There’s almost too much to say about Mad Men. It was my April to August, 2015. I started out thinking I could casually watch through it but by the time I started season two I was a month in. I realized that if I was going to finish in any kind of impressive time, I was going to have to devote more exclusive attention. So I decided to knuckle down and power through.
Now it’s almost Fall, I’ve finished, and all I want to do is watch it again. So I am – and I’ll probably update this post more than a couple of times. Probably as many times as Don Draper’s had extramarital lovers… ohhh!
Women play central roles on Mad Men. They influence outcomes and play into a rich tapestry of story and time.
As I watched Mad Men for the first time I was learning how to work in the grip and electric department on independent and short films. When I started watching Mad Men I was an intern, trying to learn the jargon and enjoying being counted as last man. Four months later I finished watching season 7 and I was working as a best boy grip. Consequently, as soon as I performed my very first dolly move, I realized that Mad Men had more of these than I could count. Then I started reading required text “The Set Lighting Technician’s Handbook” by Harry Box (edition 4, with LEDs) and began to observe the art of shaping light. Creating darkness and furthering story with only selective light. And I saw that this show uses practicles and fluorescents like no other. (At least, I think… it’s kind of all I’ve watched since I started.)
Here is a wonderful interview with the second DP about it from the American Society of Cinematographers magazine, October 2009. It actually includes a lighting diagram of the set!
There’s a light on the left wall but cut off from the front wall. Some light around the window, and you can see a small source from the lower right that provides the perfect amount of illumination for Roger’s entire back side.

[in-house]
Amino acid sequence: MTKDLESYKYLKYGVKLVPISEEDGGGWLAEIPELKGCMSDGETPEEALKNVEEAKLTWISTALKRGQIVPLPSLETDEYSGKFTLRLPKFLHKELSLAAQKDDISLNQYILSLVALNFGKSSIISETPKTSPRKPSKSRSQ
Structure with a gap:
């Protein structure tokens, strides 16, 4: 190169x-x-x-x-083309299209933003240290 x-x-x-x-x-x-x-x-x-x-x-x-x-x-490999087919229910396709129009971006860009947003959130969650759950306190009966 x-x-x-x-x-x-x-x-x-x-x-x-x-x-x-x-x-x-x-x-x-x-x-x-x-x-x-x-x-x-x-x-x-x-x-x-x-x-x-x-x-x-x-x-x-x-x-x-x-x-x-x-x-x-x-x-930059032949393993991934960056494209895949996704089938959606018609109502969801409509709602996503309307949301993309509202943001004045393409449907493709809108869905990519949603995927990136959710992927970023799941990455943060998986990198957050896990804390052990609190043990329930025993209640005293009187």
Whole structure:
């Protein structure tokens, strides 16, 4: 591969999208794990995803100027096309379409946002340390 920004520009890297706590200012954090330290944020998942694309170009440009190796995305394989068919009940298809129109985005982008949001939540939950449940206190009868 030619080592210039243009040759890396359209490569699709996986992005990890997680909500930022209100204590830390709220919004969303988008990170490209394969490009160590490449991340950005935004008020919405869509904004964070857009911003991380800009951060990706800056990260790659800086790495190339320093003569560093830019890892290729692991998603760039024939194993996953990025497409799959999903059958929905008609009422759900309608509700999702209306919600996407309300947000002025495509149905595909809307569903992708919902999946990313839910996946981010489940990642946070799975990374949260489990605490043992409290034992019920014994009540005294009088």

The darkness of Mad Men, the drama, is certainly enhanced by our visual cues in darkness and light. Many office scenes take place during day but the mood can vary significantly depending on what is going on in the scene, the lighting adjusted to match it. The story of Mad Men is so much about the light and the dark within every person. This is reflected in a variety of complex to even simple setups on every set and in each scene.
Depressing yet aspirational.
Peggy reminds Don of himself – he says to her early on, move on with your life, move forward. It will be okay. His message and that of the show is that horrible things happen, and are done to us and by us. The most important thing is to move forward, and keep improving. If you can improve yourself, your work will be better and your life will improve. And you do that by moving forward.
The emotion seems so deep. Forgiveness of oneself. And as Mrs. Blankenship says, “It’s a business of sadists and masochists, and you know which one you are.”
THE SOAP AND FIREFLY CASTING
How thrilled was I to see two soap stars in this show. The guy who probably went to jail on General Hospital just so he could do an episode of Mad Men, not to mention it being the finale… Jeffrey Vincent Parise, this one’s for you. **swigs whiskey**
And this guy, playing Greg Harris, was on Mad Men after playing Trey on All My Children (and Josh Duhamel’s brother) in 2002-03 but before appearing in The Mindy Project in 2014. And of course Christina Hendricks who was on Firefly twice. (The guy that played Lee Garner Jr. was also in Firefly once too!)
THE MAD MEN EXHIBIT AT MUSEUM OF THE MOVING IMAGE
I got to see this in the last days of exhibition at MOMI, early September 2015. They did not allow pictures but I got to see the sets to Betty and Don’s kitchen and Don’s office. Writers notes including a flashcard bulletin board for an entire season fleshed out by character and episode in a recreation of the writers room, and Matthew Weiner’s play far preceding the series, repurposed for providing the backstory to Don Draper’s character. They displayed costumes for the major characters – including the green dress Joan wears in the tractor episode and Megan’s party dress, and of course several suits. They played clips of the opening scene of the series (which I made my friend stand and watch as I whispered in her ear, “Dolly… dolly…” and then proceeded to show her how to push a dolly minimizing footsteps by utilizing the warrior pose) and the “Zou Bisou Bisou” scene that Megan sings which I had in my head ever since I first saw it. The sets, costumes and writers room recreation were smaller than I ever realized – it just reminds that the camera can make everything look so much larger than what is actually being filmed. Perhaps that is part of the magic.